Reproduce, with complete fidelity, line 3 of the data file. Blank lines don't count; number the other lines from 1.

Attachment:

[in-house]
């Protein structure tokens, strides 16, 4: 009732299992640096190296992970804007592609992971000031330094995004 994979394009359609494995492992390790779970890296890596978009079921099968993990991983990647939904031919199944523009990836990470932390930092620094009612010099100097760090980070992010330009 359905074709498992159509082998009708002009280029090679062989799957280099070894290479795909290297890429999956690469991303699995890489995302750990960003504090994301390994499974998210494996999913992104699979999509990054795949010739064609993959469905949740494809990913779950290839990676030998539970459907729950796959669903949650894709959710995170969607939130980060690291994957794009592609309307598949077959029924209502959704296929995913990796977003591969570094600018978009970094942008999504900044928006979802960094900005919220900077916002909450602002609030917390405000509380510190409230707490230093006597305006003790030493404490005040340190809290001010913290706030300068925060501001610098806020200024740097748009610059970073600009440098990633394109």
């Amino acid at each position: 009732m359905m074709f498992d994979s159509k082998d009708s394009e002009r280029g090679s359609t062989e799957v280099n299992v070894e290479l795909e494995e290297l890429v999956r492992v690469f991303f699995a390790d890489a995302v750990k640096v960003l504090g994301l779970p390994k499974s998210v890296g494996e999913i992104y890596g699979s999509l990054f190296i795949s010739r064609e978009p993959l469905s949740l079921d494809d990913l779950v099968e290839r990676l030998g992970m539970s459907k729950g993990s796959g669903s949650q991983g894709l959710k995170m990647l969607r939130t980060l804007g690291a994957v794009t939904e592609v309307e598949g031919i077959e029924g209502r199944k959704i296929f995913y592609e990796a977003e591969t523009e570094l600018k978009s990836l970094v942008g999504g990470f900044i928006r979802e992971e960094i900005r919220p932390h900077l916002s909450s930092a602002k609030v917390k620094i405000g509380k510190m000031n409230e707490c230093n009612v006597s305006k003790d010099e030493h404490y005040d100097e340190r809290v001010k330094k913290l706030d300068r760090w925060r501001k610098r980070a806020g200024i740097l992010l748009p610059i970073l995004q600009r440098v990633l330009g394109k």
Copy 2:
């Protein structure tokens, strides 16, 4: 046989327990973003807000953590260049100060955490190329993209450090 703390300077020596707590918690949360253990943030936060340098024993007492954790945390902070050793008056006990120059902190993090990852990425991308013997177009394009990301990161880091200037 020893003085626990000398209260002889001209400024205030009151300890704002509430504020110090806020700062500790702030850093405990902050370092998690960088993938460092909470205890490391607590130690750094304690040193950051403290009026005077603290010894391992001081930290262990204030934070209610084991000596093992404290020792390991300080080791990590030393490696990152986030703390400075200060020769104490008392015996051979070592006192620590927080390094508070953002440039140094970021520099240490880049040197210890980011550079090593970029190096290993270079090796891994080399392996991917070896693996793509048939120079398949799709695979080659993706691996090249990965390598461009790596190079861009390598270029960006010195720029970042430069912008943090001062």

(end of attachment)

């Amino acid at each position: 009732m359905m074709f498992d994979s159509k082998d009708s394009e002009r280029g090679s359609t062989e799957v280099n299992v070894e290479l795909e494995e290297l890429v999956r492992v690469f991303f699995a390790d890489a995302v750990k640096v960003l504090g994301l779970p390994k499974s998210v890296g494996e999913i992104y890596g699979s999509l990054f190296i795949s010739r064609e978009p993959l469905s949740l079921d494809d990913l779950v099968e290839r990676l030998g992970m539970s459907k729950g993990s796959g669903s949650q991983g894709l959710k995170m990647l969607r939130t980060l804007g690291a994957v794009t939904e592609v309307e598949g031919i077959e029924g209502r199944k959704i296929f995913y592609e990796a977003e591969t523009e570094l600018k978009s990836l970094v942008g999504g990470f900044i928006r979802e992971e960094i900005r919220p932390h900077l916002s909450s930092a602002k609030v917390k620094i405000g509380k510190m000031n409230e707490c230093n009612v006597s305006k003790d010099e030493h404490y005040d100097e340190r809290v001010k330094k913290l706030d300068r760090w925060r501001k610098r980070a806020g200024i740097l992010l748009p610059i970073l995004q600009r440098v990633l330009g394109k």